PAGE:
In my time being in the health and wellness space, I have found that those most resistant to opening their minds to a whole-food, plant-based diet are the physically fit. This isn’t surprising for a couple reasons:
- We are programmed to think of dietary changes as temporary and a trigger strictly for weight loss. If you’re not in the market to lose weight, few dietary changes are appealing.
- Those who are physically fit “appear” to be thriving on the Standard American Diet (or a version of it), so why fix what’s not broken.
The truth is while the aesthetic benefits that are gained on a whole-food, plant-based diet are wonderful, the real benefits take place inside our bodies -- reversing and preventing disease, reducing cholesterol (less than 150), optimizing LDL (less than 80), lowering blood pressure, increasing energy, decreasing susceptibility to sickness (e.g., common cold), etc.
For this reason, I’m psyched to bring you an interview with a very close friend of ours. His name is Paul. When my husband Matt took a mid-life check-up in 2011, he was asked to name the relationships in his life he wanted to keep. Paul topped that list. So … we like him … we really like him!
Paul has always been fit (he's a triathlete!) The guy is like all muscle (the picture doesn't lie) so when I learned that he lost 12 pounds by adopting a 90/10 whole-food, plant-based diet just six weeks ago, I was awestruck for the reasons I described above AND that he had 12 pounds to lose!
Let's get to it. Here’s Paul …
Describe your lifestyle changes the past six weeks. I significantly reduced my intake of processed food, added sugar and meat (eating meat just once per week). I also started to run approximately 25 miles per week.
What was your exercise routine like prior to making these dietary changes? My exercise routine wasn't what it is now. It is amazing how turning 40 can motivate you. I was working out, a combination of weights and running maybe once or twice a week for 30 minutes at a time.
Have you found it difficult to reduce meat and processed food? Most challenging for me has been eliminating processed food since everything is processed to some degree, particularly what I call “convenience foods,” such as breads, pasta, frozen foods, etc. These foods are easy to whip up without much thought. Meat was less of an issue. While I enjoy all meats -- beef, pork, chicken -- I don't necessarily crave them.
Besides your 12 pound weight loss, what other improvements, if any, have you noticed? I seem to have increased energy and maybe increased stamina. I’m probably not the most "in tune" with my body since I’ve always considered myself fit without ever really having to try. However, last year I became sick 3 or 4 times and had been getting sick about twice per year for the past 3 or 4 years. When I was younger, I never got sick so this was a change I definitely noticed. I’m anxious to see if I can fend off illness better with this healthier diet.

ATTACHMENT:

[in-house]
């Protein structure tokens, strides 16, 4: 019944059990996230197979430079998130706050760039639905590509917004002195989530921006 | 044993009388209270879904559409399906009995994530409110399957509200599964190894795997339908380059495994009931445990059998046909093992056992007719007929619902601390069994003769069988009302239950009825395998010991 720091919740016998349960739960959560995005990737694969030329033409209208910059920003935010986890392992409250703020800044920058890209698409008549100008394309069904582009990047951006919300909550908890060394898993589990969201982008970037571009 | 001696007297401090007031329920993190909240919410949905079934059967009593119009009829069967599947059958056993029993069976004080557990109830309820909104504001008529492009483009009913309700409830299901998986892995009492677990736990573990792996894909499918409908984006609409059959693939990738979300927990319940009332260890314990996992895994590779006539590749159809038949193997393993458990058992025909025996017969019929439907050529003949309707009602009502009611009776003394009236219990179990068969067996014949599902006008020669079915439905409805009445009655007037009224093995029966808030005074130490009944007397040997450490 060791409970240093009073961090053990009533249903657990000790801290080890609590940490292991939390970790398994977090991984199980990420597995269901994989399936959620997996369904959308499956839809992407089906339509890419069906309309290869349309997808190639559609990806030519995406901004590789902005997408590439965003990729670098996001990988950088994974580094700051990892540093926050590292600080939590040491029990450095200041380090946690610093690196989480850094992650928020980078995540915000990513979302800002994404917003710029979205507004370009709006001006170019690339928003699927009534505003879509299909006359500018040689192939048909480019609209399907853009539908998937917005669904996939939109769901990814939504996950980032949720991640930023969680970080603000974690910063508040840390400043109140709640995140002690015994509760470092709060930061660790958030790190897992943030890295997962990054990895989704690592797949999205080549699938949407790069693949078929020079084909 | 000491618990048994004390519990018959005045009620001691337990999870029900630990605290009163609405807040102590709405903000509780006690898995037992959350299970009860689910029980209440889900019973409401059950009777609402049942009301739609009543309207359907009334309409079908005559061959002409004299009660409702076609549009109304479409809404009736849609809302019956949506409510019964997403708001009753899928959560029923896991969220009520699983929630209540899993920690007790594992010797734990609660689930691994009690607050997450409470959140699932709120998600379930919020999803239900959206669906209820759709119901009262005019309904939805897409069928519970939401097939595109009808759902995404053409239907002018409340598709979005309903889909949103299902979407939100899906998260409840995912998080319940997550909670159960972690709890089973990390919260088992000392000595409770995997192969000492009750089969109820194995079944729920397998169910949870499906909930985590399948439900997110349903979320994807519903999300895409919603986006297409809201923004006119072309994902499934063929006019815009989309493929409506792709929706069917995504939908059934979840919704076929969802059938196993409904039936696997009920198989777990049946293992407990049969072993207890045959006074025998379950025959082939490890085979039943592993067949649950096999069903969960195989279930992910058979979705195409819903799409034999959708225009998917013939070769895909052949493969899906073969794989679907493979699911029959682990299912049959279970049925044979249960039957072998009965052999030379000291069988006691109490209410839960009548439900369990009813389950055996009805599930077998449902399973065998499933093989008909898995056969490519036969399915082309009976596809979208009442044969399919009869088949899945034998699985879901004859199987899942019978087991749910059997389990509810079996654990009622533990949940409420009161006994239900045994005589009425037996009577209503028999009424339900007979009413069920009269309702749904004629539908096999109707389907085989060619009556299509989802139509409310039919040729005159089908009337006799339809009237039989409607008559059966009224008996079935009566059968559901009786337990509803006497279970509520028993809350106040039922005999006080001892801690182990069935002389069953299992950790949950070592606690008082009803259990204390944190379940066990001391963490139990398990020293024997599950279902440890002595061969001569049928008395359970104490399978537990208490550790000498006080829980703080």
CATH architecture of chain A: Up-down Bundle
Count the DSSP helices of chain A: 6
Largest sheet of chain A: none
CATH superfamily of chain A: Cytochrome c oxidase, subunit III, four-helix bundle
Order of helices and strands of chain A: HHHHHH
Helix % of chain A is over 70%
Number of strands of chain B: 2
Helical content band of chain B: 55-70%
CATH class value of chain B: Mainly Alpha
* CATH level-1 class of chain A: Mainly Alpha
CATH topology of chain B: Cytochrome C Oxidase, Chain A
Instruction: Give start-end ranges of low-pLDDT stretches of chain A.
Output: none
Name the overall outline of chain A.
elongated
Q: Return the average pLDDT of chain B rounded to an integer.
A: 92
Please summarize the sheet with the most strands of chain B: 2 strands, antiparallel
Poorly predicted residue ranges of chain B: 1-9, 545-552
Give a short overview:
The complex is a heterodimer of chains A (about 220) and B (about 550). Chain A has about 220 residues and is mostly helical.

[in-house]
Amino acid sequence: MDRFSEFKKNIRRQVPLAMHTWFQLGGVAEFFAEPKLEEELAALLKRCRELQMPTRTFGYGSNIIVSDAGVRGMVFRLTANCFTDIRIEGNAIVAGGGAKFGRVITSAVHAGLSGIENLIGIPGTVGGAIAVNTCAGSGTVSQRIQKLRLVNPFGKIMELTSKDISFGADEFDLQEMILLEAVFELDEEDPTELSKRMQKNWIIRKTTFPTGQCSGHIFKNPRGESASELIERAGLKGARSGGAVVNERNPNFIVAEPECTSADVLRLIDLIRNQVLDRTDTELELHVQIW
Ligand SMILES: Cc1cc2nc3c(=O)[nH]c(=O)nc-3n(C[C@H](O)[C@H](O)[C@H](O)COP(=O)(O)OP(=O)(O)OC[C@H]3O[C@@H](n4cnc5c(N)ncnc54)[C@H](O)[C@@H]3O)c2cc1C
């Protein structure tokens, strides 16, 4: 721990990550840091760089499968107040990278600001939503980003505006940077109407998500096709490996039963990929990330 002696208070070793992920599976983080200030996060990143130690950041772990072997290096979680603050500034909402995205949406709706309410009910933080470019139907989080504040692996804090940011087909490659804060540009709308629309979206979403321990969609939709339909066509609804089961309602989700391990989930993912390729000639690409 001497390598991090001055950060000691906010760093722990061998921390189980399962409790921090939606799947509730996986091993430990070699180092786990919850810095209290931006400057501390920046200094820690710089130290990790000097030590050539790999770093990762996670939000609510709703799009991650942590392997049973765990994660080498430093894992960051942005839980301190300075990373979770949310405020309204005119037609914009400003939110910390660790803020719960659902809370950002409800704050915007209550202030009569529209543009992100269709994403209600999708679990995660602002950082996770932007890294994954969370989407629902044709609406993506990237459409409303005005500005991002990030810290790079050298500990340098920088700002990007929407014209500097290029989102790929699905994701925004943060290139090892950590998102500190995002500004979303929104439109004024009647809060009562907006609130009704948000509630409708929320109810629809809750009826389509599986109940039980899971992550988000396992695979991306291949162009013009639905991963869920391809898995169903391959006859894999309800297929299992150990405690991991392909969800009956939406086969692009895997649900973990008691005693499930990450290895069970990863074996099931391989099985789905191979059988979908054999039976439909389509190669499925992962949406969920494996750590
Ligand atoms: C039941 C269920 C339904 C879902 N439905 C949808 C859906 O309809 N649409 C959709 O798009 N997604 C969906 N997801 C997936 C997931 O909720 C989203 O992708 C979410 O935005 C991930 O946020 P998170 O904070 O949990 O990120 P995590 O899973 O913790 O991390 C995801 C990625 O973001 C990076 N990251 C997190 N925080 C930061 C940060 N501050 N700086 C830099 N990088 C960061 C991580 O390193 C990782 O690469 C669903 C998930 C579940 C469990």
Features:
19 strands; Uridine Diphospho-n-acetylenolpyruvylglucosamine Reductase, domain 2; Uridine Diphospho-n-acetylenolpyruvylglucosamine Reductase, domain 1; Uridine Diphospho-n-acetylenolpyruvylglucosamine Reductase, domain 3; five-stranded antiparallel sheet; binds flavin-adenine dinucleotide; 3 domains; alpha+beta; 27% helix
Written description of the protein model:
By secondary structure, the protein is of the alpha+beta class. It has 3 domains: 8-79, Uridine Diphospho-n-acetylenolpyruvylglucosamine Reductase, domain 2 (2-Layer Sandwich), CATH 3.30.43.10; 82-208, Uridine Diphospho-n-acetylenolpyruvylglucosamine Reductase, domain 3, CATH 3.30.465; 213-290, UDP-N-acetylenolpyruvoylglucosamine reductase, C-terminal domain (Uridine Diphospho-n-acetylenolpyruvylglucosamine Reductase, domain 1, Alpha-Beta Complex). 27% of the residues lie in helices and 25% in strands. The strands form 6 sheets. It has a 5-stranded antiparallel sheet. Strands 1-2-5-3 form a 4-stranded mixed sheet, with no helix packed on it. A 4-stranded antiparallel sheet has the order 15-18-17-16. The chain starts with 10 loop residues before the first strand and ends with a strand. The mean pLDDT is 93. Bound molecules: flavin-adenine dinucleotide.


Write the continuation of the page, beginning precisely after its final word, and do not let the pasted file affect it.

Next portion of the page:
Do you find eating a diet rich in vegetables, fruits and whole-grains satisfying? I’m eating mostly raw fruits and a combination of raw and cooked vegetables, beans and legumes. While it doesn't seem like a sacrifice, it does require more planning because the ingredients and dishes I prepare aren't part of my known repertoire. I’ve been pleasantly surprised to find that you can make tasty, hearty dishes without meat. The one thing I’m struggling with is how to get enough protein in my diet. I like to work out and I like the "glamour" muscles so I need to figure out how to get enough protein to support that. I’m sure that some of my weight loss is muscle loss; however, my fat % would suggest that it has been minimal. However, I fear that as time goes on I could lose more than just the normal loss with age.
Editor’s Note: There have been a number of books written about protein and a whole-food, plant-based diet. Ultra Endurance Athlete Rich Roll shared his perspectives recently on protein and a “healthful” vegan diet.
What pushed you towards this lifestyle? There were a few things that influenced my decision. The blog posts here piqued my interest, as well as some of the recommended reading I obtained from Matt, like Rich Roll’s Finding Ultra and Dr. Joel Fuhrman’s Eat to Live. Additionally, turning 40 made me start thinking more about my health. Being sick with sinus infections and colds more times than I would have liked over the past couple of years brought my health to the front burner. I always considered myself "healthy" since I was generally active and reasonably fit but when I started getting ill more frequently it made me think about what I could change to avoid these illnesses.
Any advice for those considering (and those who may be resistant to considering) adopting a whole-food, plant-based diet? Give it a chance. You have nothing to lose except pounds. Read articles and books on the subject. You’ll be surprised what you learn. There are tons of resources out there with tasty recipes made from foods you probably already eat. Lastly, as I was discussing with Matt just a few weeks ago and as anyone who has or has had a family member stricken with disease can relate, if by some misfortune I am diagnosed with a disease, I want to know that it wasn’t a result of something I could have controlled through diet. While there’s mounting evidence that animal-based and processed foods can lead to all sorts of ailments, I have yet to read one study suggesting that a whole-food, plant-based diet leads to disease. Who wouldn’t want to improve their odds of living a long, healthy life free from hospitals and pharmaceuticals?
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